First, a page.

In life, we are always expected to be moving. People expect us to find a job, do well, and learn to prosper. We are supposed to find hobbies, have a family, and above all, keep moving. Even on vacations, we are expected to “see the sights” and “take in everything.” I rarely hear, “On my vacation, I stayed home and meditated.” or “At work, I take 30 minutes a day to sit and not think about work. I sit and close my eyes.”
Moving is good. We often equate moving to growth. However, constantly moving can keep us from appreciating what we are doing. Constantly moving can keep us from the action of reflection, which can provide insight about where to move next and other ways for potential growth.
During my Ph.D., a mentor of mine would tell me, “Students don’t take enough time just to sit and think.” I don’t think he meant just students; I think he was talking about all people. Even to this day, I think about his words when I feel the most overwhelmed. What I have come to believe is the act of pausing to think is most important when we feel we need to keep moving. Giving ourselves the permission to not need to move all the time can foster new ideas for growth.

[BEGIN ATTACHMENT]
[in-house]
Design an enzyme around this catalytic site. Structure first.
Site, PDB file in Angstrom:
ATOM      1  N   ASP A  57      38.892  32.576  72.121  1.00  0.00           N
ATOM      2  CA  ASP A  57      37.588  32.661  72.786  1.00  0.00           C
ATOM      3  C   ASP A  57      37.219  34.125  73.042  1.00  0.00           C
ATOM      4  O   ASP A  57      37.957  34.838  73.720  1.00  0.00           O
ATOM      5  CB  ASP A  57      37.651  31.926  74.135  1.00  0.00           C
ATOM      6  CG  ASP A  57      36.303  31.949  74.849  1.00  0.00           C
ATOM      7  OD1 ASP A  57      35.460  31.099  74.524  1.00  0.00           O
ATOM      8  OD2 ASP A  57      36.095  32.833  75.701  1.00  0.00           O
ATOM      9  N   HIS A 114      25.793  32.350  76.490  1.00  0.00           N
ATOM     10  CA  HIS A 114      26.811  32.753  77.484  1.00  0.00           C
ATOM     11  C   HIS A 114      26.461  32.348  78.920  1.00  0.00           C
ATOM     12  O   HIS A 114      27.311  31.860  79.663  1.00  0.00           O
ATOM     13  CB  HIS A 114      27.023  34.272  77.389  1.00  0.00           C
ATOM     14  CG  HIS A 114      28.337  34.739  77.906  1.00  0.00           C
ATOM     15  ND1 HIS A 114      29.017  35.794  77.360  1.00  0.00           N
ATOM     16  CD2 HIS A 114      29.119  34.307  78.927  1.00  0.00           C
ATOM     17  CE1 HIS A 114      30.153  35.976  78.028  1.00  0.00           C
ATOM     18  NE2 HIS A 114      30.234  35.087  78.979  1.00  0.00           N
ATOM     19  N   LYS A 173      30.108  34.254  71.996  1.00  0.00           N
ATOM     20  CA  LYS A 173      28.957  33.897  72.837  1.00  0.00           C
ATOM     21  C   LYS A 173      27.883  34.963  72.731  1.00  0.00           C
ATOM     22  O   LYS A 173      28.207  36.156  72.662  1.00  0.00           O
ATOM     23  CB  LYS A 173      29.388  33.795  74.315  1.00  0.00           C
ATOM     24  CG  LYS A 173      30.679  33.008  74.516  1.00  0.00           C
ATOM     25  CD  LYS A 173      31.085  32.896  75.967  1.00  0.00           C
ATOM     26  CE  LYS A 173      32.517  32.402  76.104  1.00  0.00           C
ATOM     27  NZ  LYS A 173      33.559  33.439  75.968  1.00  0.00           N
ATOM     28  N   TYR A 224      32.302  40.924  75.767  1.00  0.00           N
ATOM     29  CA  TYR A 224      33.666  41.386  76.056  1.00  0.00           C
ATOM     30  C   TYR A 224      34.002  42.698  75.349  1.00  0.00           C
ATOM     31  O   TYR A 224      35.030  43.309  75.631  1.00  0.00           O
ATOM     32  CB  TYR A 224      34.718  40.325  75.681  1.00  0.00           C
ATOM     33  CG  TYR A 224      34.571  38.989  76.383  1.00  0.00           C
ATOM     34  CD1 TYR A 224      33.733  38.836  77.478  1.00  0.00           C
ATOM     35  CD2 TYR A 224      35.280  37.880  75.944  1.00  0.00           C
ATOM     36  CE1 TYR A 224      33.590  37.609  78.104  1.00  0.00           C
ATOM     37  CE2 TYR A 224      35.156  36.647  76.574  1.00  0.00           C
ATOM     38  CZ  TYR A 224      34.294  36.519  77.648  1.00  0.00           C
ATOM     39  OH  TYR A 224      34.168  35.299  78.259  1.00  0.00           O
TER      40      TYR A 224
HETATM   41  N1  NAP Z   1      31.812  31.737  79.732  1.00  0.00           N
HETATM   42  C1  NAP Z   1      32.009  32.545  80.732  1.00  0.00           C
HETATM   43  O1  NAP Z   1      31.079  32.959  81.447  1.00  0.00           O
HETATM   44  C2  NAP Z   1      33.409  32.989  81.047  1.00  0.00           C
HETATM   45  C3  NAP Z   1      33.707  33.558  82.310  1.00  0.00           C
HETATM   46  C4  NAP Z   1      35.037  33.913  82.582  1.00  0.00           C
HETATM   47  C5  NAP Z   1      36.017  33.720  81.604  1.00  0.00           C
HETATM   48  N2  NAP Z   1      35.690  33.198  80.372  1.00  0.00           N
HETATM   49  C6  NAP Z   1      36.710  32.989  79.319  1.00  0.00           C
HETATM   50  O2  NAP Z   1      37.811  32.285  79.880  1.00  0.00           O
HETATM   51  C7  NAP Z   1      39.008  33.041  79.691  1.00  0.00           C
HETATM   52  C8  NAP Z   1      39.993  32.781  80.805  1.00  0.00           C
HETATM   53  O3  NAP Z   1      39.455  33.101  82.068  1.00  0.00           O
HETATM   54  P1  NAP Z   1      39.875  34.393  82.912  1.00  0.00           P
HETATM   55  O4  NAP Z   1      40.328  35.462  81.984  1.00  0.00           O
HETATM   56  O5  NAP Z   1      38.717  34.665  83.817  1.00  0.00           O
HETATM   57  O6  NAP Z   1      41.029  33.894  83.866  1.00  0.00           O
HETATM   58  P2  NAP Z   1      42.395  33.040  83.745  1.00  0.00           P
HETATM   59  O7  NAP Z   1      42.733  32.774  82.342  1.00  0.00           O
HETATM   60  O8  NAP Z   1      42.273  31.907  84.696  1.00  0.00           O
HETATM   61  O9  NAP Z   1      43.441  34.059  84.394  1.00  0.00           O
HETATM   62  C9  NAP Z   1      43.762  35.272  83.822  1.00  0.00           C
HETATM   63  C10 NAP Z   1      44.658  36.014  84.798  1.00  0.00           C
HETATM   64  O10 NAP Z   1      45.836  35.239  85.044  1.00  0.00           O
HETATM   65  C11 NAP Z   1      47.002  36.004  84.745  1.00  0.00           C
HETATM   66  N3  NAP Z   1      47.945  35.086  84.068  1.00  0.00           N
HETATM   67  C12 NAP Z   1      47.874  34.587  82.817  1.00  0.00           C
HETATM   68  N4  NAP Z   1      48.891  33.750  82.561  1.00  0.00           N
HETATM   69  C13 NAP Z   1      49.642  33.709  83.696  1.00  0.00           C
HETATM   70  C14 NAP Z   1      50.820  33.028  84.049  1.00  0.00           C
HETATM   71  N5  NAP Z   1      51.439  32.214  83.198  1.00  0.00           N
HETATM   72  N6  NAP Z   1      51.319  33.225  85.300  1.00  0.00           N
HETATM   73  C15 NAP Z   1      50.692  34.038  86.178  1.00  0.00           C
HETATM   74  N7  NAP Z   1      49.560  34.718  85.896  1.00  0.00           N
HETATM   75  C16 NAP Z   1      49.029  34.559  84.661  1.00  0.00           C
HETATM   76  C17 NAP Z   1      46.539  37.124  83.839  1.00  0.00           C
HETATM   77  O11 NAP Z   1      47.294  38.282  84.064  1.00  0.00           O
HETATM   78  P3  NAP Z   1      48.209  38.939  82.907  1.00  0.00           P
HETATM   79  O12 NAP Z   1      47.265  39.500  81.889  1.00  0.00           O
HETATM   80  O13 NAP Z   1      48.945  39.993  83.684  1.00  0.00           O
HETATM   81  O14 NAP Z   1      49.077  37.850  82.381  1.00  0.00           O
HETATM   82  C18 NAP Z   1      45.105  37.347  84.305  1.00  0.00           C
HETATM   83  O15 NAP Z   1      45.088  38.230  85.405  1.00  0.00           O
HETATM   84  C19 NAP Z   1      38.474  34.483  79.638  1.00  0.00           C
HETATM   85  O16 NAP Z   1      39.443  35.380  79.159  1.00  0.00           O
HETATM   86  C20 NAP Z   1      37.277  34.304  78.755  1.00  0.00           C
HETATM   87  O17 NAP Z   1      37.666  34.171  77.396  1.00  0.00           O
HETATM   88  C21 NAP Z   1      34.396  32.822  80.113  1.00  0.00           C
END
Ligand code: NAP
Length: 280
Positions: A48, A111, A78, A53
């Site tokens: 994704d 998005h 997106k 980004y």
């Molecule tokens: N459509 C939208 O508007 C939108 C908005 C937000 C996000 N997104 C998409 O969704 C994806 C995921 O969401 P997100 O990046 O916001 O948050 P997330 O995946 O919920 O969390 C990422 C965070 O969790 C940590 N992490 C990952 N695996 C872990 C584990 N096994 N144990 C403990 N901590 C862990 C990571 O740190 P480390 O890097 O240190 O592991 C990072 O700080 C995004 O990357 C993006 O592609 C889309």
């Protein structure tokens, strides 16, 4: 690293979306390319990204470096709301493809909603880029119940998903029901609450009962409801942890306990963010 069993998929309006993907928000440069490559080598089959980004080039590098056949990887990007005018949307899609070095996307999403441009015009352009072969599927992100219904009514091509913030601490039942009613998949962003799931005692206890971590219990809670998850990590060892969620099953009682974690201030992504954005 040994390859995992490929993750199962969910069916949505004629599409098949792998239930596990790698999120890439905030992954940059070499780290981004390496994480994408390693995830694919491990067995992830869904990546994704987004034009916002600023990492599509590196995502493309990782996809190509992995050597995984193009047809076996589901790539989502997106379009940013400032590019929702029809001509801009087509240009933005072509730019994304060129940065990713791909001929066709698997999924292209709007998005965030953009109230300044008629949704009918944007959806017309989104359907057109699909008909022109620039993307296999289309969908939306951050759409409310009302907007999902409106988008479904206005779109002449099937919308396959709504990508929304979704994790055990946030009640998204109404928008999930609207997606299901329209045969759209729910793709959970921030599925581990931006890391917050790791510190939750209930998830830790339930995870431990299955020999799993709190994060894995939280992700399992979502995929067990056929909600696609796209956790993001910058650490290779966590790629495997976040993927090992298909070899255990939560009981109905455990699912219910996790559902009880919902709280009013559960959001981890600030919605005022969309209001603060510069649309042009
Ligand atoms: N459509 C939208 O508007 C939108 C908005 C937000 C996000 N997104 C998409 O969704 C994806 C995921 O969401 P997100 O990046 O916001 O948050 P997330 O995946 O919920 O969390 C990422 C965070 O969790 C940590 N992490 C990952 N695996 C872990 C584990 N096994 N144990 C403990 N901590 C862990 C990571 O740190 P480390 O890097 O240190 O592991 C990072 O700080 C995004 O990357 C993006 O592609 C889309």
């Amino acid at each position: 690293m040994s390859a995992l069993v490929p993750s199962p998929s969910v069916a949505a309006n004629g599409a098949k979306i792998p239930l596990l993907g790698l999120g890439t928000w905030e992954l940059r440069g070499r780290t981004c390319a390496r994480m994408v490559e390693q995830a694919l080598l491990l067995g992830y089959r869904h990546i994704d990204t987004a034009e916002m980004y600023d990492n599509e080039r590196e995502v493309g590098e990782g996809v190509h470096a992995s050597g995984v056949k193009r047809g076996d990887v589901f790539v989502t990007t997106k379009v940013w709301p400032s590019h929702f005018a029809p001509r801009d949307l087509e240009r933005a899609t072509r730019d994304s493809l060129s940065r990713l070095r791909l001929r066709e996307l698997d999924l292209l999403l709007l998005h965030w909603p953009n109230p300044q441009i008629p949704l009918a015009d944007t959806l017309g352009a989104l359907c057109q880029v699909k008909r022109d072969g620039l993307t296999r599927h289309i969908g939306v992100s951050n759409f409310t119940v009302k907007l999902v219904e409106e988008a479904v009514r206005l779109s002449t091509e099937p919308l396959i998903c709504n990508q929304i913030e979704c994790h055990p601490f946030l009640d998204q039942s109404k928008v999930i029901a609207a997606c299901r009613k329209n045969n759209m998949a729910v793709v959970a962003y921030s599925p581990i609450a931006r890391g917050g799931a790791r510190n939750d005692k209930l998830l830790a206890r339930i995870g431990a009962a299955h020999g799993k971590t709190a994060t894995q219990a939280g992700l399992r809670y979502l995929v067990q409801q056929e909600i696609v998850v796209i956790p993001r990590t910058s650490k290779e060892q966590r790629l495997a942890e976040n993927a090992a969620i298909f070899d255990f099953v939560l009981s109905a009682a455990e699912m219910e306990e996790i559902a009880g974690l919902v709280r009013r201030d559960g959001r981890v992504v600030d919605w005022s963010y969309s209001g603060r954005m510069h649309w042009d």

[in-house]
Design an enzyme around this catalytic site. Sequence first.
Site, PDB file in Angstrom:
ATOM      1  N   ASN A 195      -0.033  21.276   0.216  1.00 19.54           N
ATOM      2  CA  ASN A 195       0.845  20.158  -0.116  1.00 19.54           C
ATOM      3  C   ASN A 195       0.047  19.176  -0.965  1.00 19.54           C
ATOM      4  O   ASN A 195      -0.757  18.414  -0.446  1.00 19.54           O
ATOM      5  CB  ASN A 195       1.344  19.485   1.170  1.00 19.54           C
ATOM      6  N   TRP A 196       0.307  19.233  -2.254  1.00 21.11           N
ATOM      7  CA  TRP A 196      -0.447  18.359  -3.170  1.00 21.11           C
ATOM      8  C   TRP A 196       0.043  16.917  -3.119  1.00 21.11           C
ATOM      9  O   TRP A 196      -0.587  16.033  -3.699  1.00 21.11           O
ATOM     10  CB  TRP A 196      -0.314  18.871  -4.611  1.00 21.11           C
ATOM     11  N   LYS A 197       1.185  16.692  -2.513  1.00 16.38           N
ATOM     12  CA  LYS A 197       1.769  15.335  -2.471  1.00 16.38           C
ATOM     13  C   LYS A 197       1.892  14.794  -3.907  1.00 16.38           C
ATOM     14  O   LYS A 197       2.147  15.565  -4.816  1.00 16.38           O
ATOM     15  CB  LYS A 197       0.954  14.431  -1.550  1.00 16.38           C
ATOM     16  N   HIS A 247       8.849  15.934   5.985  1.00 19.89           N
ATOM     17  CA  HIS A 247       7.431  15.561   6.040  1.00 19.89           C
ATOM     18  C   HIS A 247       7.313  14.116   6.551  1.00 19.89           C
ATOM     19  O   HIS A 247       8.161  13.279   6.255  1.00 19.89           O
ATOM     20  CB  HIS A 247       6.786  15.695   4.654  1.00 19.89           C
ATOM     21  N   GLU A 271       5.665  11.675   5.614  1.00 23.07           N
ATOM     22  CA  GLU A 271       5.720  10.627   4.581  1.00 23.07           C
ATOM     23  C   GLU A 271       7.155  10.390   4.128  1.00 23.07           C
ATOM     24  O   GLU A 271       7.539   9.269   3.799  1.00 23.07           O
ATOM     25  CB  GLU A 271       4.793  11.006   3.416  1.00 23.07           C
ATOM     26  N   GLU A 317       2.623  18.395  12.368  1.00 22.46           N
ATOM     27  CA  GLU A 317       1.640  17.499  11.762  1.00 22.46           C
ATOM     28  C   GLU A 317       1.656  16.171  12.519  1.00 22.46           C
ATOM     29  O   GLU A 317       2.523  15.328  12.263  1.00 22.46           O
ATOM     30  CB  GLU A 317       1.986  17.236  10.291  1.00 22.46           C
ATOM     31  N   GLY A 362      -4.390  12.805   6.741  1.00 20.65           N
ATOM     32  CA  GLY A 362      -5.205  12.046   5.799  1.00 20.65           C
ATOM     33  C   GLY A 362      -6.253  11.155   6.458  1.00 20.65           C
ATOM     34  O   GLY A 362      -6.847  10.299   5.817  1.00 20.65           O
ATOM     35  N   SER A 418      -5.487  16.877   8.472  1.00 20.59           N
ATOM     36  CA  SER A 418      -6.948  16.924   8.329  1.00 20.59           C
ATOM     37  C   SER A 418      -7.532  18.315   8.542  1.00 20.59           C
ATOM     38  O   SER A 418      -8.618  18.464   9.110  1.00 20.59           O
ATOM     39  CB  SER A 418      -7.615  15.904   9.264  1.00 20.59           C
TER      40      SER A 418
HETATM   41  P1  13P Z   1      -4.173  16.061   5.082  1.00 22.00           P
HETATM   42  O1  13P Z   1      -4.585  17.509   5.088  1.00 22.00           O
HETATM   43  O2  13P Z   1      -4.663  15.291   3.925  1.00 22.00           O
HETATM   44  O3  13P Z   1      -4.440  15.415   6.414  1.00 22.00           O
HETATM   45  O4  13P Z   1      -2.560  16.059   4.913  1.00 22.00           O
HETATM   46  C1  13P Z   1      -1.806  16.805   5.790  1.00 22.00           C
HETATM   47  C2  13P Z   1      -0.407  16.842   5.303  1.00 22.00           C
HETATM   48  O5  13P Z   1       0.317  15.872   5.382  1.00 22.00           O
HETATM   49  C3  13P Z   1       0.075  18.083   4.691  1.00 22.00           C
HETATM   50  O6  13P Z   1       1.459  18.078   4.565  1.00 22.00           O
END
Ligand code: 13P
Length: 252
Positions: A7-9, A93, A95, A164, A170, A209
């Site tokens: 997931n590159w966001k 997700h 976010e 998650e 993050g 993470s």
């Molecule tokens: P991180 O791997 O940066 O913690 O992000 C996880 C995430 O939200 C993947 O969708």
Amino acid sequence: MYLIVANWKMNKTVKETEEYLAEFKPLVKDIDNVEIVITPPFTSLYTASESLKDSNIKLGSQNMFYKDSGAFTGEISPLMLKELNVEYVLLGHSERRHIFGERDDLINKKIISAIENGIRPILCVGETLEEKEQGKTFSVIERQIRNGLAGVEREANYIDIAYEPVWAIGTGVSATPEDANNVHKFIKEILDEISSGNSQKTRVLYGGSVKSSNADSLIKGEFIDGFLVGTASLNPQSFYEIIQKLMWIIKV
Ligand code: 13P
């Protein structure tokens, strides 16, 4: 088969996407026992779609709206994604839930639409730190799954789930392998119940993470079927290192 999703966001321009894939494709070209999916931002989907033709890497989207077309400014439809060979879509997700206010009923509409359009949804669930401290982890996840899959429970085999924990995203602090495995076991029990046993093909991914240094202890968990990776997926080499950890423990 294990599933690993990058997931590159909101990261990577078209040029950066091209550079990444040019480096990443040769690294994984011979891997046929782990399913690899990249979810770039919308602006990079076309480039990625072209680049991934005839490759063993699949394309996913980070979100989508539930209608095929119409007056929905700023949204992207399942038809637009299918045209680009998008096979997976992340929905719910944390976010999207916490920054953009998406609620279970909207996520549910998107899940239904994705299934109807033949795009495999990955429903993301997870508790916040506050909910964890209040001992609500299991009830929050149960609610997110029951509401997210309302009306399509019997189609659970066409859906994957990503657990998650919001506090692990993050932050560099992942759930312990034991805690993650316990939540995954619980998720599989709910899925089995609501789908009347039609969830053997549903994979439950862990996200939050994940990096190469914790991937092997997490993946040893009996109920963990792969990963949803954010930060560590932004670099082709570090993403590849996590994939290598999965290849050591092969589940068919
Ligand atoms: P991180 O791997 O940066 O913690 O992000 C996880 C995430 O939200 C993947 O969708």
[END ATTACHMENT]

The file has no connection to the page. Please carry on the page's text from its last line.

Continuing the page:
Stepping back every once in a while can give you perspective. This is a valuable skill when we need to take a adjust during personal challenges. I learned this lesson when I lived in Chicago some years ago. You see, I had a chance to go to the top of the Hancock Building back then. This is a wonderfully tall structure on Chicago’s lakefront that distinguishes the skyline of this historic city. The first time I visited the Hancock Building's observatory floor, I saw many people looking down at the streets and other buildings below them. I did the same.
This gave me the feeling of how high I was because everything below was so small. I looked out over Lake Michigan and became entranced. I spent several minutes (who knows how long) casting my eyes over the water. I actually felt myself step back to get a wider view. Why? I wanted to take in as much of the spectacular spender as possible.
The point is, it is natural to take a step back. Think about the last time something impressed you. Our body and mind move away from that impressive moment to give it space to breathe and allow us to see as much as we can to learn and appreciate. When we are trying to learn about ourselves, we can do the same thing. After all, we all deserve time to learn from moments in our lives that have earned the right to pause, not be pushed aside.
I am a person who likes to move. A lot. I am an extremely busy individual with teaching, presentations, and research. Through meditation, I have learned to practice the behavior of standing still and stepping back. I continue to try and grow the value of taking time to sit and think.
Finally, I continue to learn from these moments of resetting my mind to reset my life so I can continue to be open to new growth opportunities.
Welcome to your first step of growth! Take a moment to appreciate this occasion.
With compassion and kindness,
Co-host of the "Act To Live Podcast"
Author of "Let’ Walk Together: The Act To Live Podcast Blog"
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